Wednesday, June 8, 2016

The First Lady

When I was in third grade, we were learning about First Ladies and the history of the president's wife. At one point the teacher called upon a kid who was obviously not paying attention and asked "Why are First Ladies important?"

The kid, with all the confidence of a 9 year old who didn't want to look like they weren't paying attention, responded "Because they were here first."

In 1776, Abigail Adams, wife of future president John Adams, told the First Continental Congress to "...remember the ladies, and be more generous and favorable to them than your ancestors. Do not put such unlimited power into the hands of the Husbands. Remember all Men would be tyrants if they could. If particular care and attention is not paid to the Ladies we are determined to foment a Rebellion, and will not hold ourselves bound by any Laws in which we have no voice, or Representation."

In 1814, as Washington D.C. burned, Dolley Madison stayed in the White House until the very last minute to ensure the nation's treasures that resided there, including the official portrait of George Washington, would not be burned by the British.

In 1850, Abigail Fillmore, who was both wife and teacher to Millard Fillmore, created the White House library, a concession Congress had fought against fearing the power of a personal collection of knowledge for the president, and personally filled in its collection.

In 1919, Woodrow Wilson was heavily debilitated by a stroke. Edith Wilson took over his duties, protecting him from the public, passing on legislation and potentially dealing with it herself. She even went so far as to stage a photo-op to demonstrate the president's continuing capability while she basically Weekend at Bernie's-ed the dude.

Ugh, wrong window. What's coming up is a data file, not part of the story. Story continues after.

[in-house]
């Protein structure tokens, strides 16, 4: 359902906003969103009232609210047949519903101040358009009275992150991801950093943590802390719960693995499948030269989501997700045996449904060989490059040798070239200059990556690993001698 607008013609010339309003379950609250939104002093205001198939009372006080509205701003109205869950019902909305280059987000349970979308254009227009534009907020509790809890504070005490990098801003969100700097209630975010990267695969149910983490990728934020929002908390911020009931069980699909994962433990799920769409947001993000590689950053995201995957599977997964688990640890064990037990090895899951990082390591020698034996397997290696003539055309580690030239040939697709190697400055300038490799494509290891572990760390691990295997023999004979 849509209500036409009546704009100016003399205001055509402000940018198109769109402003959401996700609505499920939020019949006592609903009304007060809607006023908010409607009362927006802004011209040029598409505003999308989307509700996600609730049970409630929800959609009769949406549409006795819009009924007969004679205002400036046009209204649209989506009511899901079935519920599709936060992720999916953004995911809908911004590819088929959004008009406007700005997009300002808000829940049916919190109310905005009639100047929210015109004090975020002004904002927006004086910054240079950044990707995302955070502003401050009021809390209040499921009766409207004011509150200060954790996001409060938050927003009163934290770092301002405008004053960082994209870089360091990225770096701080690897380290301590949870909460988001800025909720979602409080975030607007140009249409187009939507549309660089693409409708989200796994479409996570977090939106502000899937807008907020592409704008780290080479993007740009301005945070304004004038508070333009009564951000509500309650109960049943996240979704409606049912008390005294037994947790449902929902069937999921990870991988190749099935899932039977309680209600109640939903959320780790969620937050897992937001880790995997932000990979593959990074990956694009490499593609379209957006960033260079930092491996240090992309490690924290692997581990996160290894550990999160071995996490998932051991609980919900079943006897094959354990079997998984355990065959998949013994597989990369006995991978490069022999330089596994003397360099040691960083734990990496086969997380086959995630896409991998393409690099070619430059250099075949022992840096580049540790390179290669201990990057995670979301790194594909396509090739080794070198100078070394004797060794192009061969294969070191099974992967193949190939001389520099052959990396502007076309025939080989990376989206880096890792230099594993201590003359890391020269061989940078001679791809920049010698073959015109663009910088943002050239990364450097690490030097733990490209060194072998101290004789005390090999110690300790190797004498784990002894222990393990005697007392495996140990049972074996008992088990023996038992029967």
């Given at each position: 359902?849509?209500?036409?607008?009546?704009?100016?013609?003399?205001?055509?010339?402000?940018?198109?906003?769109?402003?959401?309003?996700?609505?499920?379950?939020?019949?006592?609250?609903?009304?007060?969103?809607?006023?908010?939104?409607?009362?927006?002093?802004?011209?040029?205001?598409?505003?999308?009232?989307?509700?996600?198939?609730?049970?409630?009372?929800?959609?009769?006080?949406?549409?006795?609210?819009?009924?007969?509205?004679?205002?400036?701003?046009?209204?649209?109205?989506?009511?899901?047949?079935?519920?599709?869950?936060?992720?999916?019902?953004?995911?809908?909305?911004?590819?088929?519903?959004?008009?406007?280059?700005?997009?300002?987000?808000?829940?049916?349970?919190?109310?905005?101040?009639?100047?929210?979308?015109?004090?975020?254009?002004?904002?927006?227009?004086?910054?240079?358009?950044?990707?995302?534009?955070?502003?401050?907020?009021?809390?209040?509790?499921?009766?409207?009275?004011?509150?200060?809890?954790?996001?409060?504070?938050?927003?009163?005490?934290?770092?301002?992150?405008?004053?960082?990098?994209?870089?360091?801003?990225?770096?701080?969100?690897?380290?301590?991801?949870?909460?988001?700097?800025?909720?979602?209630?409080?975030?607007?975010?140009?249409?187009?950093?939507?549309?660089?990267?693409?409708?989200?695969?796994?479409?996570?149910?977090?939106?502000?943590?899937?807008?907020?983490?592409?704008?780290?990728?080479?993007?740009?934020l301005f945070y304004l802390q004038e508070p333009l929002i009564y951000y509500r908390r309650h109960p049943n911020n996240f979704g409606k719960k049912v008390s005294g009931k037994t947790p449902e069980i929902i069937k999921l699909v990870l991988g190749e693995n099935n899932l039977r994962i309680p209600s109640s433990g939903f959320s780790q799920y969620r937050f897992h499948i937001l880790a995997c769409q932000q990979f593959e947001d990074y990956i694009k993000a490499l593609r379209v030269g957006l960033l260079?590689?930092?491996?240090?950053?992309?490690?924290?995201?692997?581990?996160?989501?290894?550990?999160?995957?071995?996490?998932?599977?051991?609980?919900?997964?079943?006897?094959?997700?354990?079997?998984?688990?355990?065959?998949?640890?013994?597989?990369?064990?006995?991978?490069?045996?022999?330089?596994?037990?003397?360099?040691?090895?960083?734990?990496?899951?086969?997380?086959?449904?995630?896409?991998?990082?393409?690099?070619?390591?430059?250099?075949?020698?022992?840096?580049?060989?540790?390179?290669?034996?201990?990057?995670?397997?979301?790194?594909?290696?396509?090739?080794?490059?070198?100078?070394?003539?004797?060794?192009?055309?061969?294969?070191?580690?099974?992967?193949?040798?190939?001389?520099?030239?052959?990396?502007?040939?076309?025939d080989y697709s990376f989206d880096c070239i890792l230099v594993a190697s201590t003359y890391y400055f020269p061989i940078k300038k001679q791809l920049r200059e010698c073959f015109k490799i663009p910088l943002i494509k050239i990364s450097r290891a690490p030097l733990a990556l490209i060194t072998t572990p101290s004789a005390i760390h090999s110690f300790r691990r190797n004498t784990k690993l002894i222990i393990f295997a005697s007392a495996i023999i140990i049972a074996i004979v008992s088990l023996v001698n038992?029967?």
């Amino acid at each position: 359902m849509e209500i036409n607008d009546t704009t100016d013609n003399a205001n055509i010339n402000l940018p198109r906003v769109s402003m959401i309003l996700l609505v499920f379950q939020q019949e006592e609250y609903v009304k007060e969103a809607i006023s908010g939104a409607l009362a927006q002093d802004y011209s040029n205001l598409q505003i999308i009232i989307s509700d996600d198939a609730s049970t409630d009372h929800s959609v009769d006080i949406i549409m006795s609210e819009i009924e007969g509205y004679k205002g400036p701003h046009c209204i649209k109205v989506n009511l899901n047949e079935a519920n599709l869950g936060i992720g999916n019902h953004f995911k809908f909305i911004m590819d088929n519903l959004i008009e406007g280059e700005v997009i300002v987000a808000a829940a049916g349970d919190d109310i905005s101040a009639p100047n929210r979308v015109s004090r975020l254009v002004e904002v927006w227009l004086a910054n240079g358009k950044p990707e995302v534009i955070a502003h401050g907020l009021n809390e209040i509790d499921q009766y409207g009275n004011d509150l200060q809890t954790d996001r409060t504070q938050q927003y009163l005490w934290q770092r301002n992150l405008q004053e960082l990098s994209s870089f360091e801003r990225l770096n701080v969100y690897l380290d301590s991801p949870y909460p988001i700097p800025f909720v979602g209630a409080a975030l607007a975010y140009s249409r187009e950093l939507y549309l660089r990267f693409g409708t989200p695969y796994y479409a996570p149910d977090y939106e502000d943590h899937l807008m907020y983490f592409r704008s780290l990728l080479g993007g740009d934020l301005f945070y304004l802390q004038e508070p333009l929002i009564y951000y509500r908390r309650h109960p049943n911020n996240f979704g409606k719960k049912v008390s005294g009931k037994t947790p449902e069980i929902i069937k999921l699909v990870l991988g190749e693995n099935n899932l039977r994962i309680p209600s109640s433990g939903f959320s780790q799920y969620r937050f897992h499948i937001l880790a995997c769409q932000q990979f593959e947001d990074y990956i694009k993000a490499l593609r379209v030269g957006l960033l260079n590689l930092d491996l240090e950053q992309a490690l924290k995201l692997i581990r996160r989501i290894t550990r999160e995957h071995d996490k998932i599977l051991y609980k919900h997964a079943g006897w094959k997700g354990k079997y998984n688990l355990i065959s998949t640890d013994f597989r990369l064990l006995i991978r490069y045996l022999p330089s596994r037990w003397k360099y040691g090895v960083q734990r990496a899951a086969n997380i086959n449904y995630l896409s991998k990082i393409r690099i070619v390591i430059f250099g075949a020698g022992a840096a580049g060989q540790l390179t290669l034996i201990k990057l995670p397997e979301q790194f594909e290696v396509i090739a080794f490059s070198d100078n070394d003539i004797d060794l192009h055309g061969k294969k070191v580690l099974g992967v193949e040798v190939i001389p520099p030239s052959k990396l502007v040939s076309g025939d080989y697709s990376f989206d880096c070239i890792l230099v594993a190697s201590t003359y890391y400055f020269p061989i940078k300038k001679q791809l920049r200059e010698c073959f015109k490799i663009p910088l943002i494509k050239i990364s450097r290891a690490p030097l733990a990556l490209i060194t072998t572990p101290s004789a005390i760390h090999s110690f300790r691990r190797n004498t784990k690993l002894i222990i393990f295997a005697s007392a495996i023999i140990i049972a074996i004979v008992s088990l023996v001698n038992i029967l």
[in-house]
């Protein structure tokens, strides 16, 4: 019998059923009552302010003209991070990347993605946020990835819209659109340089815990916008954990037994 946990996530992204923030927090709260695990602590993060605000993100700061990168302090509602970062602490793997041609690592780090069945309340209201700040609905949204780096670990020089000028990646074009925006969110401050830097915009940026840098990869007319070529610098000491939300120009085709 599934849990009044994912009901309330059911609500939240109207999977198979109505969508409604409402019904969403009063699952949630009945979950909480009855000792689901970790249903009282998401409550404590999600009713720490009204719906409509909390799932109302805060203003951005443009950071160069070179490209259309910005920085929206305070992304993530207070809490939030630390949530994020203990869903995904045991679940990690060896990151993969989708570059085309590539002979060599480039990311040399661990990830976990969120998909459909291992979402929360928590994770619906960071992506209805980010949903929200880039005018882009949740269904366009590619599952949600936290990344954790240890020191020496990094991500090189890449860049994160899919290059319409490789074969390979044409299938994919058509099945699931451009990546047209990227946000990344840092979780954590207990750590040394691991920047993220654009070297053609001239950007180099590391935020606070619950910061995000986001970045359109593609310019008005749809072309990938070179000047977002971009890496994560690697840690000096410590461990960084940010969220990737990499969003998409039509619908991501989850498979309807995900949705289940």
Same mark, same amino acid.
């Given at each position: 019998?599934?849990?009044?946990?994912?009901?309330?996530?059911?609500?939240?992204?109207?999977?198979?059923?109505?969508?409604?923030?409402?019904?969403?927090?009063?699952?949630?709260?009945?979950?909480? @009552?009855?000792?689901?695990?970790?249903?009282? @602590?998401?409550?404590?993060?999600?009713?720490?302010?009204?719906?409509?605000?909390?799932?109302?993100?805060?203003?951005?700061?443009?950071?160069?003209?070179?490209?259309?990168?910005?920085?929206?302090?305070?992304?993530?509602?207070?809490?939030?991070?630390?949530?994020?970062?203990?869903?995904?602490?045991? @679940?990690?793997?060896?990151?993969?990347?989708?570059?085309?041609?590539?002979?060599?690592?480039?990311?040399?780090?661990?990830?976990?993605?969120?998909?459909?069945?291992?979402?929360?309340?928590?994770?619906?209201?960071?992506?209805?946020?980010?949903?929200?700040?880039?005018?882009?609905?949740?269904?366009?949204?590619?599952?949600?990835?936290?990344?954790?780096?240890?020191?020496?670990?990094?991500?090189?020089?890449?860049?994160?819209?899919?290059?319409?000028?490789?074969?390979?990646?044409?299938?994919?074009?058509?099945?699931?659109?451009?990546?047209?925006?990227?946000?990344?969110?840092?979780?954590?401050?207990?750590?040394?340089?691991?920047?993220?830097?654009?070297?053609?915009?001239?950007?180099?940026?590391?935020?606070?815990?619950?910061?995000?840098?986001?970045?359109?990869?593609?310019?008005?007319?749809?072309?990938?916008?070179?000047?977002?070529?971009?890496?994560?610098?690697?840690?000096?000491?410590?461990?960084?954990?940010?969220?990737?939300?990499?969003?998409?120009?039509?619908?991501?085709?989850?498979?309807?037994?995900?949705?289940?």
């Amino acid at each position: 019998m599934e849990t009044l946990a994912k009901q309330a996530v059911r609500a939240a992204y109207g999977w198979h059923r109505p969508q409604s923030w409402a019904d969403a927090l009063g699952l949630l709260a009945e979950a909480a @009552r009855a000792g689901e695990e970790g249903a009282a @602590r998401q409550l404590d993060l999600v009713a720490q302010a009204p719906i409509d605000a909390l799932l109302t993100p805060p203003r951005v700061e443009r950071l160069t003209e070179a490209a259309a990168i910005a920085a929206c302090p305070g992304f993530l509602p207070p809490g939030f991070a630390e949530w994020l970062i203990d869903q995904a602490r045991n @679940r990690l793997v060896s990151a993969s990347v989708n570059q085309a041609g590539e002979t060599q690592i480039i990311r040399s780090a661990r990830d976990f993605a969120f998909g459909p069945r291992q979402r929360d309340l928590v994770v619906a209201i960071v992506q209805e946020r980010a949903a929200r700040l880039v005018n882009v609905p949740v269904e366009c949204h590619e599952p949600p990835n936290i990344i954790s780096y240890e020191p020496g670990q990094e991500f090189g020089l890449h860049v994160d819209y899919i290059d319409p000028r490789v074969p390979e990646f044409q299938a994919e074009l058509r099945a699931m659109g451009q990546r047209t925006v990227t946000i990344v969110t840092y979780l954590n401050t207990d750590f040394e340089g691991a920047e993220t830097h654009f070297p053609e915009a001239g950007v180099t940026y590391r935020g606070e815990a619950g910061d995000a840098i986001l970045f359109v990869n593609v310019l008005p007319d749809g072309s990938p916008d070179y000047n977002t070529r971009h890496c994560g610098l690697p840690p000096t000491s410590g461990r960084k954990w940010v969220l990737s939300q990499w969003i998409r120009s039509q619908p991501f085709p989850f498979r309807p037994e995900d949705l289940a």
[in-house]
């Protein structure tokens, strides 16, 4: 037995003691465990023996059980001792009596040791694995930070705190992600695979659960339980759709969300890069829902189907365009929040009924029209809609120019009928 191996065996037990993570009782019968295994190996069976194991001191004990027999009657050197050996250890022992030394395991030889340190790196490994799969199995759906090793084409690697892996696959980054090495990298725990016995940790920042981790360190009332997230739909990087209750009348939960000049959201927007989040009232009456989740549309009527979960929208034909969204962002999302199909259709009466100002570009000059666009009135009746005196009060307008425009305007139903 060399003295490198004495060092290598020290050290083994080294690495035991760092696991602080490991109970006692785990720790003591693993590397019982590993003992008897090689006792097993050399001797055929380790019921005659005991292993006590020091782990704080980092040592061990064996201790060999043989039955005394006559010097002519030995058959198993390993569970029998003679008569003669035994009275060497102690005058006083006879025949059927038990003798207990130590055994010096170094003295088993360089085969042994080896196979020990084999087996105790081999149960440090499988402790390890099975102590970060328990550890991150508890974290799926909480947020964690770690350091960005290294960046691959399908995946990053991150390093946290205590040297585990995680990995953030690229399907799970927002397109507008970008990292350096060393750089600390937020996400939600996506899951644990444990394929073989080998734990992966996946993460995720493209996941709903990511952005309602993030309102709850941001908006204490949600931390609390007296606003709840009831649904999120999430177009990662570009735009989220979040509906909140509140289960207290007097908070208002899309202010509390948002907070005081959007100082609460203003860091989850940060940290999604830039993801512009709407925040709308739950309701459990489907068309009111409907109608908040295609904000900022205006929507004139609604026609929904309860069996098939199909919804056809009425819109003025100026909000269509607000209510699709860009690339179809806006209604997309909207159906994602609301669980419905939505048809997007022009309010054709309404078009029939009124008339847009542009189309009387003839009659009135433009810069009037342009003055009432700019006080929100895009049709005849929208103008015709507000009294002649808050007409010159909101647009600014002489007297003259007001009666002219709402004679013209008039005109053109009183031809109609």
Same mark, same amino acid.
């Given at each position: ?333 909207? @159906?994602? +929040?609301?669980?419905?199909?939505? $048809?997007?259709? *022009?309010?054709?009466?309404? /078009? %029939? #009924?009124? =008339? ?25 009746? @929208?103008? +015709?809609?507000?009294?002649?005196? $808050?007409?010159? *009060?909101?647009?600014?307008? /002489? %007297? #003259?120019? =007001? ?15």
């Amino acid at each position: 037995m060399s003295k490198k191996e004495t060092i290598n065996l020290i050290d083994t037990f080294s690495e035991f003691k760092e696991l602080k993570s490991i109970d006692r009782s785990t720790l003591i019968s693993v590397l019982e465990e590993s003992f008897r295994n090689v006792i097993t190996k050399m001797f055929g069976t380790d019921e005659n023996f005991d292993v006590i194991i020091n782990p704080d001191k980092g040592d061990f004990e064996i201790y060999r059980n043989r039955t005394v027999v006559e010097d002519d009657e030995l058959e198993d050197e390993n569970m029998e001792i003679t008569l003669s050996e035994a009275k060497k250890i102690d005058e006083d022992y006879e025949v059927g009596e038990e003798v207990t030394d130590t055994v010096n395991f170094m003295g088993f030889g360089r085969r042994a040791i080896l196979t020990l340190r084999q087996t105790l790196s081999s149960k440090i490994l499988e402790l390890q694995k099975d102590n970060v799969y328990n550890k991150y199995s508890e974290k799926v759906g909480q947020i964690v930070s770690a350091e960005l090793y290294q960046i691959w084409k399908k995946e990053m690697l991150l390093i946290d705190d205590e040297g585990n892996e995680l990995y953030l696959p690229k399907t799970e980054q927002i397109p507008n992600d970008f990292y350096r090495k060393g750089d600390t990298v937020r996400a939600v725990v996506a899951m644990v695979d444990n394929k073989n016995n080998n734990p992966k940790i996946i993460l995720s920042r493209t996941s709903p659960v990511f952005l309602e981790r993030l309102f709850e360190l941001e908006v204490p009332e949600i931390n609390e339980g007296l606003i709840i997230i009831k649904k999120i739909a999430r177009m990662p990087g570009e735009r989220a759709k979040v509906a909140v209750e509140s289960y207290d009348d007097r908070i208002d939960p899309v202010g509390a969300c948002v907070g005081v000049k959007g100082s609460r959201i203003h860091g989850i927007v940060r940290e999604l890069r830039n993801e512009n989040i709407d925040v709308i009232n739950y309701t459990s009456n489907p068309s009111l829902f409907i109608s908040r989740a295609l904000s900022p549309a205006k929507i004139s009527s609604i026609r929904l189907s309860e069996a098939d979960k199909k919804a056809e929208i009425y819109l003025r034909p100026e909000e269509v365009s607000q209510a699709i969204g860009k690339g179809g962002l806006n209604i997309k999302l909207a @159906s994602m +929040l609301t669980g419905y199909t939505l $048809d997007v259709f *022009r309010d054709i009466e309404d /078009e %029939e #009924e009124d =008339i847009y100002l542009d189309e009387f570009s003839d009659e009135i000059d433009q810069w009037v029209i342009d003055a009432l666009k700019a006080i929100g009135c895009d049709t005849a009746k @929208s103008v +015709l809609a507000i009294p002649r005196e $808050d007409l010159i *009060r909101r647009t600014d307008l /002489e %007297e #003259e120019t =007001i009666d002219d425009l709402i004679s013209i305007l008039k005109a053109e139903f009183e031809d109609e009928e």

In 1933, Eleanor Roosevelt became First Lady and ushered in a new era of political First Ladies. She fought for civil rights, sat on the board of the NAACP, helped created the UN, and set a nearly unmatched standard for powerful women in America.

In 1950, the romance between the young actress Nancy Davis and the actor Ronald Reagan began to shape his political views and ambitions. Her influence pushed him into a political life that lead to his being Governor of California and President of the United States.

In 1963, still covered in the fresh stains of the the day's tragic events, Jacqueline Kennedy stood aboard Air Force One to oversee the official transfer of power from her late husband to Lyndon Johnson.

In 2017, the nation's first female president may well be Hillary Clinton, a First Lady built from Eleanor Roosevelt's mold and the only First Lady to ever ever held an elected office.

I've seen a lot of people grumbling that the potential first female president is married to another president. Why is the first major female candidate for president also a First Lady?

Because they were there first.